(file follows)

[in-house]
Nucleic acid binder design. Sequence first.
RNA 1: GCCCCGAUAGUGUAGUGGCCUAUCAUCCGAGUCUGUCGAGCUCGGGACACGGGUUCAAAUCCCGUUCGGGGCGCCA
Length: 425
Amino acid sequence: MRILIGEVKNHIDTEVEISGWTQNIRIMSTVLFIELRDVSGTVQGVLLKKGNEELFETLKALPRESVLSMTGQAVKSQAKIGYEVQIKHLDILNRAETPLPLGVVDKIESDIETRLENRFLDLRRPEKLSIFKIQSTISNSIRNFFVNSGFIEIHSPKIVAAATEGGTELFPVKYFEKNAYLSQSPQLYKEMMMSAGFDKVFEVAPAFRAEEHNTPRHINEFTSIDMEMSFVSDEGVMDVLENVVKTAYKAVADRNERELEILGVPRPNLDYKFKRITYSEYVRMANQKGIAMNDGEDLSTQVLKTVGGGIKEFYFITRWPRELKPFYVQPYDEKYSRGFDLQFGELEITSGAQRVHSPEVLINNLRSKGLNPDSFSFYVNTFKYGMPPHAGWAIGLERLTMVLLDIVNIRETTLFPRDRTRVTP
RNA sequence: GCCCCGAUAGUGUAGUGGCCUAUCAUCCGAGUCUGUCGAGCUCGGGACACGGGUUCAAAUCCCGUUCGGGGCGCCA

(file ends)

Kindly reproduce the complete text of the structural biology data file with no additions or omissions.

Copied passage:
[in-house]
Nucleic acid binder design. Sequence first.
RNA 1: GCCCCGAUAGUGUAGUGGCCUAUCAUCCGAGUCUGUCGAGCUCGGGACACGGGUUCAAAUCCCGUUCGGGGCGCCA
Length: 425
Amino acid sequence: MRILIGEVKNHIDTEVEISGWTQNIRIMSTVLFIELRDVSGTVQGVLLKKGNEELFETLKALPRESVLSMTGQAVKSQAKIGYEVQIKHLDILNRAETPLPLGVVDKIESDIETRLENRFLDLRRPEKLSIFKIQSTISNSIRNFFVNSGFIEIHSPKIVAAATEGGTELFPVKYFEKNAYLSQSPQLYKEMMMSAGFDKVFEVAPAFRAEEHNTPRHINEFTSIDMEMSFVSDEGVMDVLENVVKTAYKAVADRNERELEILGVPRPNLDYKFKRITYSEYVRMANQKGIAMNDGEDLSTQVLKTVGGGIKEFYFITRWPRELKPFYVQPYDEKYSRGFDLQFGELEITSGAQRVHSPEVLINNLRSKGLNPDSFSFYVNTFKYGMPPHAGWAIGLERLTMVLLDIVNIRETTLFPRDRTRVTP
RNA sequence: GCCCCGAUAGUGUAGUGGCCUAUCAUCCGAGUCUGUCGAGCUCGGGACACGGGUUCAAAUCCCGUUCGGGGCGCCA